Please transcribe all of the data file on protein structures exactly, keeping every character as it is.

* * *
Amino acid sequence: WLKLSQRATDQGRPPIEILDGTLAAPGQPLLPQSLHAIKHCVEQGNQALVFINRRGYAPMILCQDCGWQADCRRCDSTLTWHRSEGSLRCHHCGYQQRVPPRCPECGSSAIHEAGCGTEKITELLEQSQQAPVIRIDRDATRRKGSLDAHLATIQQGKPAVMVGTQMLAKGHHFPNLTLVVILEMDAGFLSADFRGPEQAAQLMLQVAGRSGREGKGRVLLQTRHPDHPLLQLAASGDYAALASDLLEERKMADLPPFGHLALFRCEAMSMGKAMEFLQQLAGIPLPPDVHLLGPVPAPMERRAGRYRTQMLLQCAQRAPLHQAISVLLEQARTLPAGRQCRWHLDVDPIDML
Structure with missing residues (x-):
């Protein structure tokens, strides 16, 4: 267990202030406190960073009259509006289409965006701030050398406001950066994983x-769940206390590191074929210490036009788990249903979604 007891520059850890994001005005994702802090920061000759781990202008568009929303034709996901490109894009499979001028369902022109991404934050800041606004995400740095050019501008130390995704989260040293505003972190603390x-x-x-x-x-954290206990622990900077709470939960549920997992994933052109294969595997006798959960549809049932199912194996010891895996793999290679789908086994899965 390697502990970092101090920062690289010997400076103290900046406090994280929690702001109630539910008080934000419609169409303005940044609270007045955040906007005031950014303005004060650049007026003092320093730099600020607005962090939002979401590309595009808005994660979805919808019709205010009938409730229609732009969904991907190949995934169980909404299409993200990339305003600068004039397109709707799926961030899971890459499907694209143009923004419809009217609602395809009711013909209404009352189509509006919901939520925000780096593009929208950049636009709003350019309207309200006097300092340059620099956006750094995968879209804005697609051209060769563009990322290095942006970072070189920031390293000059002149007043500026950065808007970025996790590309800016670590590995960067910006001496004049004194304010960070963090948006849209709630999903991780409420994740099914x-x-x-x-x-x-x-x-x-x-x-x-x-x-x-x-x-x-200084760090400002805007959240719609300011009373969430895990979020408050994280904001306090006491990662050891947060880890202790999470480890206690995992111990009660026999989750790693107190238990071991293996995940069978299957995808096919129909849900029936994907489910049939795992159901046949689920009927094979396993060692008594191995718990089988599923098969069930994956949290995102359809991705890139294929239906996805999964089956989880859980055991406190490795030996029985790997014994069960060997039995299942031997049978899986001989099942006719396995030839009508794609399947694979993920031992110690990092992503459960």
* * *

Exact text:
Amino acid sequence: WLKLSQRATDQGRPPIEILDGTLAAPGQPLLPQSLHAIKHCVEQGNQALVFINRRGYAPMILCQDCGWQADCRRCDSTLTWHRSEGSLRCHHCGYQQRVPPRCPECGSSAIHEAGCGTEKITELLEQSQQAPVIRIDRDATRRKGSLDAHLATIQQGKPAVMVGTQMLAKGHHFPNLTLVVILEMDAGFLSADFRGPEQAAQLMLQVAGRSGREGKGRVLLQTRHPDHPLLQLAASGDYAALASDLLEERKMADLPPFGHLALFRCEAMSMGKAMEFLQQLAGIPLPPDVHLLGPVPAPMERRAGRYRTQMLLQCAQRAPLHQAISVLLEQARTLPAGRQCRWHLDVDPIDML
Structure with missing residues (x-):
């Protein structure tokens, strides 16, 4: 267990202030406190960073009259509006289409965006701030050398406001950066994983x-769940206390590191074929210490036009788990249903979604 007891520059850890994001005005994702802090920061000759781990202008568009929303034709996901490109894009499979001028369902022109991404934050800041606004995400740095050019501008130390995704989260040293505003972190603390x-x-x-x-x-954290206990622990900077709470939960549920997992994933052109294969595997006798959960549809049932199912194996010891895996793999290679789908086994899965 390697502990970092101090920062690289010997400076103290900046406090994280929690702001109630539910008080934000419609169409303005940044609270007045955040906007005031950014303005004060650049007026003092320093730099600020607005962090939002979401590309595009808005994660979805919808019709205010009938409730229609732009969904991907190949995934169980909404299409993200990339305003600068004039397109709707799926961030899971890459499907694209143009923004419809009217609602395809009711013909209404009352189509509006919901939520925000780096593009929208950049636009709003350019309207309200006097300092340059620099956006750094995968879209804005697609051209060769563009990322290095942006970072070189920031390293000059002149007043500026950065808007970025996790590309800016670590590995960067910006001496004049004194304010960070963090948006849209709630999903991780409420994740099914x-x-x-x-x-x-x-x-x-x-x-x-x-x-x-x-x-x-200084760090400002805007959240719609300011009373969430895990979020408050994280904001306090006491990662050891947060880890202790999470480890206690995992111990009660026999989750790693107190238990071991293996995940069978299957995808096919129909849900029936994907489910049939795992159901046949689920009927094979396993060692008594191995718990089988599923098969069930994956949290995102359809991705890139294929239906996805999964089956989880859980055991406190490795030996029985790997014994069960060997039995299942031997049978899986001989099942006719396995030839009508794609399947694979993920031992110690990092992503459960």